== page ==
The Reverend Mr. Gerrang has supplied some observations on the Persic language, which (he maintains) is the most descriptive, copious, and regular in the world.' "To the last opia ihet is has an indisputable claim; the two former are more

doubtful :

doubtful : but, when he asserts that it is the same at present as in the times of the kings of Israel, (excepting in the intro. duction of Arabic words,) we cannot help wishing that he had favoured us with some proof of so singular a position. Among innumerable words purely Persian, (says Mr. Gerrans,) which have been always used in common both by the antient and mo.' dern inhabitants, there are two to be met with more frequently than others;' the first of which is “stan," signifying a station ; and in this sense he finds it used by the prophet Hezekiah. We apprehend that this example is rather unhappily selected, the word being a Sanscrit one, and incorporated, with a thou, sand others, into modern Persic. That the latter was the ori. ginal dialect will scarcely be affirmed; and it admits of easy demonstration that the Sanscrit has borrowed from no other. We must also confess our inability to discover any trace of the Persic“ dar," in the proper name Oerotrus.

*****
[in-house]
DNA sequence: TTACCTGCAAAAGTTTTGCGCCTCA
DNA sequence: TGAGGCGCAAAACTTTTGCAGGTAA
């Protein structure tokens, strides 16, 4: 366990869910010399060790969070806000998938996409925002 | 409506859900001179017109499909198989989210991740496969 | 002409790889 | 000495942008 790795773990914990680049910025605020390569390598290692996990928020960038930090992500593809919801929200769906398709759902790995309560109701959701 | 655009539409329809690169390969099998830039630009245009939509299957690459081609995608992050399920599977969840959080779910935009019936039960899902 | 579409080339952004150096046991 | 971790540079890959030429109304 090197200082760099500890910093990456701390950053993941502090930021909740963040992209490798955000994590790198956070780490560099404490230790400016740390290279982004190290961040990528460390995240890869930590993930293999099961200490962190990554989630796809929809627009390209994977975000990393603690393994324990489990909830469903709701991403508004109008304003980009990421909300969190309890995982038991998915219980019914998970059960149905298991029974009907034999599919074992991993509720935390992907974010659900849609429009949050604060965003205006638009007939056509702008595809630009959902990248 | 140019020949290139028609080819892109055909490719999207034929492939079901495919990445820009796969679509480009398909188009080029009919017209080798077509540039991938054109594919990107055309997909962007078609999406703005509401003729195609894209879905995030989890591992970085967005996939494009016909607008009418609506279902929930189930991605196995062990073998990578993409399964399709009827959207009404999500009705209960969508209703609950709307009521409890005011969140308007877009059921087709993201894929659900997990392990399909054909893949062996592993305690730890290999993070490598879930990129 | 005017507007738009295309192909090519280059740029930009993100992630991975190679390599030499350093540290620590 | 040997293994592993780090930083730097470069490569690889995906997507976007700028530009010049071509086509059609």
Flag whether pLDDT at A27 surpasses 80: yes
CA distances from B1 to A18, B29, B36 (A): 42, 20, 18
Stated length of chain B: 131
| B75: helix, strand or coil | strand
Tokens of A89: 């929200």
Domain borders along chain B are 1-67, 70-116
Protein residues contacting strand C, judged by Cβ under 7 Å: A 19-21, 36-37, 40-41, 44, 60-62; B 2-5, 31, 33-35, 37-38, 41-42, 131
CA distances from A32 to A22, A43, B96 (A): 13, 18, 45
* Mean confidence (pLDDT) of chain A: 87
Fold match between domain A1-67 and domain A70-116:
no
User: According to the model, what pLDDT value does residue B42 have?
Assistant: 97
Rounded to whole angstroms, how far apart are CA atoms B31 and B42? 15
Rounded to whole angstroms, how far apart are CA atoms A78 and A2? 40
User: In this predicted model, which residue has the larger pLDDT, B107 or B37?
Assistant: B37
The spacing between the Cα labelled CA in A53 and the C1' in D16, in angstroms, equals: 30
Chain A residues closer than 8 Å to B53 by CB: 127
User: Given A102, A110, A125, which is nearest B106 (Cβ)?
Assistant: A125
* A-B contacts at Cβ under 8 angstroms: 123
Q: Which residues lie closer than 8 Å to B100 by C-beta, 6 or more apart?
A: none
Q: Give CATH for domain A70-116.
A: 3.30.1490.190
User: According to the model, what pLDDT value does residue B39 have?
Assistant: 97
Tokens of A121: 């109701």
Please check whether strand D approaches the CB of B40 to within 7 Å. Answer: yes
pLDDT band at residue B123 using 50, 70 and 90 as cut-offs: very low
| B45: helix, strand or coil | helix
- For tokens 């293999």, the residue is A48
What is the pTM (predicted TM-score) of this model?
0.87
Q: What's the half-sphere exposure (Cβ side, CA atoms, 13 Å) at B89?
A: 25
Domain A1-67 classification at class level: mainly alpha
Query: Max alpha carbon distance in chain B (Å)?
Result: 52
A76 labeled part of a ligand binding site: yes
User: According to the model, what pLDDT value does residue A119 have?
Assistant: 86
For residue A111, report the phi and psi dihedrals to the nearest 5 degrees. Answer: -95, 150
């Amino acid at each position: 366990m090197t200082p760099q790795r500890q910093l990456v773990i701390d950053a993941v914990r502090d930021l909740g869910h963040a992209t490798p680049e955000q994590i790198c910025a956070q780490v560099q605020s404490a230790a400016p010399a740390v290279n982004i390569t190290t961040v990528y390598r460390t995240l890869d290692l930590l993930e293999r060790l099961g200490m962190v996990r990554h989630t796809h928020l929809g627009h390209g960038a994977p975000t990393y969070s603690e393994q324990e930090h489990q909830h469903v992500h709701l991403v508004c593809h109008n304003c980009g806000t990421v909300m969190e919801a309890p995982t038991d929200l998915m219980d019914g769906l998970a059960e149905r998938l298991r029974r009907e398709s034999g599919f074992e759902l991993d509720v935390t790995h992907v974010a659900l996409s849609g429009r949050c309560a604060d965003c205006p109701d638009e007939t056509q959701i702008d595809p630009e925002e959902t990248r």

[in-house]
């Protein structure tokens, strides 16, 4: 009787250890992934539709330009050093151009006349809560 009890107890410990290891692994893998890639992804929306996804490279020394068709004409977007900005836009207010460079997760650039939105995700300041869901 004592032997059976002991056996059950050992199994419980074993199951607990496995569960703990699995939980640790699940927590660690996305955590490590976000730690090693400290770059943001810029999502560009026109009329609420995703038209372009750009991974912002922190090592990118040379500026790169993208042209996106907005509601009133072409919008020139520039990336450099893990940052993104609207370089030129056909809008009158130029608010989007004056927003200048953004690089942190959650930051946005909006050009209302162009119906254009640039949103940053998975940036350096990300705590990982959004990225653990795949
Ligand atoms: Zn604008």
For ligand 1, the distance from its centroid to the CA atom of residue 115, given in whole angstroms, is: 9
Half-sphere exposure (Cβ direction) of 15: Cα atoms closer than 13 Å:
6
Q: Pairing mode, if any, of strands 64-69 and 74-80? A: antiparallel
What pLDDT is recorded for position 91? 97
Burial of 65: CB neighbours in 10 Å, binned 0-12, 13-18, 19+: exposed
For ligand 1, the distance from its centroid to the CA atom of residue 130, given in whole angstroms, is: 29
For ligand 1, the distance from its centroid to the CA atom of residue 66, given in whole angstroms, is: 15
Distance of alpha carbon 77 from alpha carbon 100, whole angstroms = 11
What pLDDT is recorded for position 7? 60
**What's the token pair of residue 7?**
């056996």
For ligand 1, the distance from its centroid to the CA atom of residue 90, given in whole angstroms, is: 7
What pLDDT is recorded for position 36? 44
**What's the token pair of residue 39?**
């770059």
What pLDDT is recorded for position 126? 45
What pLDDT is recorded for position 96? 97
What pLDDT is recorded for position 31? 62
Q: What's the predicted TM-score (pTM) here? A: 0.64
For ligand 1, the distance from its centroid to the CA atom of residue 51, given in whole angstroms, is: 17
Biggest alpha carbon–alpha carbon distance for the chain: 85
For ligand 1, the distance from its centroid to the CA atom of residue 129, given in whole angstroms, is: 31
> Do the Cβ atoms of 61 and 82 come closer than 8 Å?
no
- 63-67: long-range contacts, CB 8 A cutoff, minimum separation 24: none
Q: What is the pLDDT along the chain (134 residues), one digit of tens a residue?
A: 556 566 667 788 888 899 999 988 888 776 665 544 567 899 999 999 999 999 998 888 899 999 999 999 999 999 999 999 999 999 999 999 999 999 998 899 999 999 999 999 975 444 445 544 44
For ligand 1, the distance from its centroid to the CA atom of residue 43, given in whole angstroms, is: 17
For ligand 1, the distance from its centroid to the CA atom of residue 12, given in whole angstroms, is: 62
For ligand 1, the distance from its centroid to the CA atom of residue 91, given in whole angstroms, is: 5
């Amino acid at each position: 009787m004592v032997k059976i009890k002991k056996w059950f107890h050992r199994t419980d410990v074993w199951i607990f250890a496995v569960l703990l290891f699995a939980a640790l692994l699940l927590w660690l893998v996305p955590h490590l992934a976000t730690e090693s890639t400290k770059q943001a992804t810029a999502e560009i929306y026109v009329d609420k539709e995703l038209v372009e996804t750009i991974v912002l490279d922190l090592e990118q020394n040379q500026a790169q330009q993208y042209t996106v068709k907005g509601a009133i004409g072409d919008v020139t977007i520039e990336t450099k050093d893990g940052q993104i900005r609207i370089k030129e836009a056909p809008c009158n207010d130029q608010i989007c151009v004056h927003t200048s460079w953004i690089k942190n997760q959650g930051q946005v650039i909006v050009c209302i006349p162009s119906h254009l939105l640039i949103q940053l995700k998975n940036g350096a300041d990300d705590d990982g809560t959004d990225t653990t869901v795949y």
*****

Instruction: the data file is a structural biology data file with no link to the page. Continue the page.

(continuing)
Among the translations comprised in this number, we find two odes of Hafiz; a tale from an original MS. of the Arabian Nights, and another from the Behardanish ; the two latter by Capt. Scott.